It’s crazy season for instruction – the month when you have to keep trying to remember what day of the week it is. Is this the day I teach a first term seminar, a psychology methods course, a section of invertebrate biology, and art history, or is it that tomorrow? It can be thrilling, and draining, but sometimes you hit the wall of blank stares from a class that has apparently taken a vow of silence and have given up fun for lent a few months early.
Too many of those in one week and you can have one of those semi-annual crises of faith, when the librarians have to huddle together and remind each other why we do this to our students.
Friday night was different. A group of first year students, all enrolled in an alternative general education curriculum, came to the library two hours after it closed with their flashlights to solve the Mystery of the Missing Professor. We got the idea from Carleton College, which hosted its first murder mystery in 2002. We wrote our own script, giving students a missing persons case that led them to seek out clues in the library collection. They started with a secondary source in which they found scraps of paper left by the missing faculty member that led them to a primary source, and from there to a reference book where they found a print-out of an e-mail message containing a reference to a journal article that they had to look up. When they ran out of clues, they were to stop at the reference desk to see if the librarian would have any further information.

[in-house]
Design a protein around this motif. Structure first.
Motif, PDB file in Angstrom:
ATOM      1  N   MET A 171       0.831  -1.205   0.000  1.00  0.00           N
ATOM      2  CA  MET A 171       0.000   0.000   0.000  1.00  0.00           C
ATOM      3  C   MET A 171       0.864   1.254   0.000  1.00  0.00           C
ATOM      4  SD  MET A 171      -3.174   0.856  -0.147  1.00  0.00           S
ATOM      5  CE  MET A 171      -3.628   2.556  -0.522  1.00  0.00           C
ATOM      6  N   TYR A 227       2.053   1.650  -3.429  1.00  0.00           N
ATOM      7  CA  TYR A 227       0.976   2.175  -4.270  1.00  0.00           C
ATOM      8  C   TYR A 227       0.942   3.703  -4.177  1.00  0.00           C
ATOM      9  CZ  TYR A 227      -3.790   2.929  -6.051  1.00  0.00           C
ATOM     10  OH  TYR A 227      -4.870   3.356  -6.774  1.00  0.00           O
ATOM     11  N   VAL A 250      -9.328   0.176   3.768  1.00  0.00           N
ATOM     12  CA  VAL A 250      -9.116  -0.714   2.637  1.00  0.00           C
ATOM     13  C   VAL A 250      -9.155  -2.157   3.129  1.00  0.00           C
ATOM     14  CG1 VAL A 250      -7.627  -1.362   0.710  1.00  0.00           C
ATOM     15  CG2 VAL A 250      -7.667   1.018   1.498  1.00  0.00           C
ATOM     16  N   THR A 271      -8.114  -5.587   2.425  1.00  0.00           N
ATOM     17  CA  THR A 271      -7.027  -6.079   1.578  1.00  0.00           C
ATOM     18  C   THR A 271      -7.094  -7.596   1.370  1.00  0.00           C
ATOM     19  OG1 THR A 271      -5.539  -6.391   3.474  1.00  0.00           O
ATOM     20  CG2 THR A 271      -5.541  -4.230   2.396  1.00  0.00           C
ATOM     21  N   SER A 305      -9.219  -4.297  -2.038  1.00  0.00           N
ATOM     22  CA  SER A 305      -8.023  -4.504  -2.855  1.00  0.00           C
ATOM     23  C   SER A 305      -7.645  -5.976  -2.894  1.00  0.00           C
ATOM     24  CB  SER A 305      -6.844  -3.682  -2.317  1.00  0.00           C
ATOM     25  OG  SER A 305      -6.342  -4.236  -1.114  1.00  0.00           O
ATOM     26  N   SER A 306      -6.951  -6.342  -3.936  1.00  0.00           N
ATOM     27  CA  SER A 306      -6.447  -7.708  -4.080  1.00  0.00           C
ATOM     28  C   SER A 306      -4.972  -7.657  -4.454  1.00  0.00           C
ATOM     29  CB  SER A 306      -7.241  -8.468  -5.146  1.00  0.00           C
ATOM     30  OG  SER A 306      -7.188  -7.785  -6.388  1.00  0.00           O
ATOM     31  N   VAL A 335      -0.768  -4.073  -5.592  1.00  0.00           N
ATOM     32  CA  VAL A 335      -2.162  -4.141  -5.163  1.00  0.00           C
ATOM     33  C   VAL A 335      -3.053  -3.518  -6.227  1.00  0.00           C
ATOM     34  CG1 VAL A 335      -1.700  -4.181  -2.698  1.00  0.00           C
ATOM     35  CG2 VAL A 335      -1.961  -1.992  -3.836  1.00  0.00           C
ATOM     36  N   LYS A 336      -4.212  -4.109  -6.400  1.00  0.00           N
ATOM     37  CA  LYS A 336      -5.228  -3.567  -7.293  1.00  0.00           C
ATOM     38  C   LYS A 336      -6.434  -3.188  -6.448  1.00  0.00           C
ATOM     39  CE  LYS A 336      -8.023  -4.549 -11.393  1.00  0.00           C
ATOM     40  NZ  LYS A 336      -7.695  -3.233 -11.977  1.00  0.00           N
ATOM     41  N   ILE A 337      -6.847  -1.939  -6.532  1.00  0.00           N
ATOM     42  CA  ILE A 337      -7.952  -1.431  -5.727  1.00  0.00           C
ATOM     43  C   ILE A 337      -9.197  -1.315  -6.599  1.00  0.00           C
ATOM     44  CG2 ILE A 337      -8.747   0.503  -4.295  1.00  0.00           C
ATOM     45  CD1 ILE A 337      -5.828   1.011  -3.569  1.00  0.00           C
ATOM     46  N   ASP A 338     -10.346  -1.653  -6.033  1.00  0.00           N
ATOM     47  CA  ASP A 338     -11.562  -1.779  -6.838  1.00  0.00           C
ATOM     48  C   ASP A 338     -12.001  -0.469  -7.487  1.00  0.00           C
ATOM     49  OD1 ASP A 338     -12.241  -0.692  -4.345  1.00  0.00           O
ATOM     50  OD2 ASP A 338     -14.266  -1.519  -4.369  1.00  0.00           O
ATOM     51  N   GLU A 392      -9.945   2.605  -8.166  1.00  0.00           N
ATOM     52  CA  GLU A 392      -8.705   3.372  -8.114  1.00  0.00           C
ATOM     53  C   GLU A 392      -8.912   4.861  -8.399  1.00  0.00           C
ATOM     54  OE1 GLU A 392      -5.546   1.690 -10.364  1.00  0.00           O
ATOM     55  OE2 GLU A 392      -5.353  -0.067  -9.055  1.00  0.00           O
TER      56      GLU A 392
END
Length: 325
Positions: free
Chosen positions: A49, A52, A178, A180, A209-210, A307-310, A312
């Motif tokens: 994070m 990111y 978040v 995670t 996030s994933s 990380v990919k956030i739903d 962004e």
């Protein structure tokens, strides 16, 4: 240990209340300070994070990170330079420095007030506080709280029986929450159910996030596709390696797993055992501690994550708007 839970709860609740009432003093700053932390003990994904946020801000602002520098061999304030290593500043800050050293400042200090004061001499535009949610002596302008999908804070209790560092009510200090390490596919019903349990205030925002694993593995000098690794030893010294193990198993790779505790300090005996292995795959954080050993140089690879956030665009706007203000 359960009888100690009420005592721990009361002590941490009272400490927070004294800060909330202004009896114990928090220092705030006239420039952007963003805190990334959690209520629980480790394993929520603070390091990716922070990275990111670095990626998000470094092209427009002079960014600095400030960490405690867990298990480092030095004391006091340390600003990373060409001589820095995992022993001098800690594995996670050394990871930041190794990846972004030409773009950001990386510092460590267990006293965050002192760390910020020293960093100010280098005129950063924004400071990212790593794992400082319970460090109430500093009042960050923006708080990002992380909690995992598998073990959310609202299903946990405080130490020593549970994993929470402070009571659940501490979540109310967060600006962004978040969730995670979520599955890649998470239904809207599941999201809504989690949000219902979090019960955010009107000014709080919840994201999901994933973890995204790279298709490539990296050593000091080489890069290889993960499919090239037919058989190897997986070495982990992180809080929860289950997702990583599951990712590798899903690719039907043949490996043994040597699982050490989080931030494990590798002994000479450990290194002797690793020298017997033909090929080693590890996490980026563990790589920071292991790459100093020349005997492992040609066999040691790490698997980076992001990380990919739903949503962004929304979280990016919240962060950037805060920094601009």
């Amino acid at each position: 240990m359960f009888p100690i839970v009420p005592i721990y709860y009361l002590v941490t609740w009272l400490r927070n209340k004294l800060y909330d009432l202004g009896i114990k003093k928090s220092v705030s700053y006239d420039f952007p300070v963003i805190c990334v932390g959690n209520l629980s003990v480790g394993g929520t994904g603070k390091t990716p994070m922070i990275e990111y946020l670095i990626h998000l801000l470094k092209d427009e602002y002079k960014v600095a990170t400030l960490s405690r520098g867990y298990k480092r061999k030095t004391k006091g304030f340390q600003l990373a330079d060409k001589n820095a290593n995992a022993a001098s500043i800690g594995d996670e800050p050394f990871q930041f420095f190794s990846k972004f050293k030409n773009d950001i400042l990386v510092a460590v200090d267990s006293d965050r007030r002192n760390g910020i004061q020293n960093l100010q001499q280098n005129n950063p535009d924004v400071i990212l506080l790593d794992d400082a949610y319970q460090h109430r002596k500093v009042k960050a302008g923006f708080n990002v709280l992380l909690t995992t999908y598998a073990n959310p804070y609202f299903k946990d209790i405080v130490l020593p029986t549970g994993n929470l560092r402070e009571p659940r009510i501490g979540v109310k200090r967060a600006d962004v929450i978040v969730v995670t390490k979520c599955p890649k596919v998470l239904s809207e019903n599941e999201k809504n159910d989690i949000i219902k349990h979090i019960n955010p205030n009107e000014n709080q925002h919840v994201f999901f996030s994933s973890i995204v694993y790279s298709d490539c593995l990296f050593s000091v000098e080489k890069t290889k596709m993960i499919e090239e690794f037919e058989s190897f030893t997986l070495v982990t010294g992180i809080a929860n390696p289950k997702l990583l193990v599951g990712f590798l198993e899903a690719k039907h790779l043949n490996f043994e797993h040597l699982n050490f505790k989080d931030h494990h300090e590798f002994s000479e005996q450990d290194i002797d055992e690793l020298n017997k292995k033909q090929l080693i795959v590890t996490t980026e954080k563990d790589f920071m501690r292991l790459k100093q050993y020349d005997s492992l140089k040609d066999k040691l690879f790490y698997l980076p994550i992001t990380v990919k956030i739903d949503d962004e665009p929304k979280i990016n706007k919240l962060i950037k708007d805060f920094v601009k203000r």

Maybe it was because the library was dark and they had flashlights. Maybe it was the pure silliness of it all. But this is the first time I have seen students actually run to look up the next reference they’ve been given.
They’ll be back in a few weeks to get the more in-depth version of library wisdom and probably won’t enjoy themselves so much. But our first after-dark mystery showed that with a little foolishness and a touch of competition – and flashlights! – students can make quick work of what would otherwise be just another boring library exercise.
One thought on “Laughter in the Dark”
Wow! I wish that I’d gotten that type of library orientation when I was a junior college student.
Seriously, the murder mystery concept does the single most important thing in instruction: engage and invest the students in the pedagogical process. Of course I can clearly remember having teachers that believed in that principle as far back as high school. I recall my alegebra/geometry teacher telling us to treat our homework like a game all the time. Strangely it always helped me to think of mathematics as a kind of black magic.